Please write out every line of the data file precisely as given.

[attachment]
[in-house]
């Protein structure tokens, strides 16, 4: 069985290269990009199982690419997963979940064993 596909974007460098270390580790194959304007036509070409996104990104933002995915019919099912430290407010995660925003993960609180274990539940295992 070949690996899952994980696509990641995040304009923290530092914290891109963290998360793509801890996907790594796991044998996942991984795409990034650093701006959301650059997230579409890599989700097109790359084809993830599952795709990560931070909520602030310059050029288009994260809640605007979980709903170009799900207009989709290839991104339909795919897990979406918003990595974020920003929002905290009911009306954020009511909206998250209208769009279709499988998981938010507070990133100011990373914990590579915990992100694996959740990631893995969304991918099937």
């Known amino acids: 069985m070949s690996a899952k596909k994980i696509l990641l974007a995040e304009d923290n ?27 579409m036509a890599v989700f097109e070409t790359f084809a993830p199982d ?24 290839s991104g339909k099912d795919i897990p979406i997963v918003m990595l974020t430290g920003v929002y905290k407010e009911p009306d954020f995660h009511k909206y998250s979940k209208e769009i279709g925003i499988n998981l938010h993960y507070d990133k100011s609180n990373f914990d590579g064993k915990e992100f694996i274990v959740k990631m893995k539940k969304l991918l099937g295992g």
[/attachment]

[in-house]
């Protein structure tokens, strides 16, 4: 069985290269990009199982690419997963979940064993 596909974007460098270390580790194959304007036509070409996104990104933002995915019919099912430290407010995660925003993960609180274990539940295992 070949690996899952994980696509990641995040304009923290530092914290891109963290998360793509801890996907790594796991044998996942991984795409990034650093701006959301650059997230579409890599989700097109790359084809993830599952795709990560931070909520602030310059050029288009994260809640605007979980709903170009799900207009989709290839991104339909795919897990979406918003990595974020920003929002905290009911009306954020009511909206998250209208769009279709499988998981938010507070990133100011990373914990590579915990992100694996959740990631893995969304991918099937």
């Known amino acids: 069985m070949s690996a899952k596909k994980i696509l990641l974007a995040e304009d923290n ?27 579409m036509a890599v989700f097109e070409t790359f084809a993830p199982d ?24 290839s991104g339909k099912d795919i897990p979406i997963v918003m990595l974020t430290g920003v929002y905290k407010e009911p009306d954020f995660h009511k909206y998250s979940k209208e769009i279709g925003i499988n998981l938010h993960y507070d990133k100011s609180n990373f914990d590579g064993k915990e992100f694996i274990v959740k990631m893995k539940k969304l991918l099937g295992g």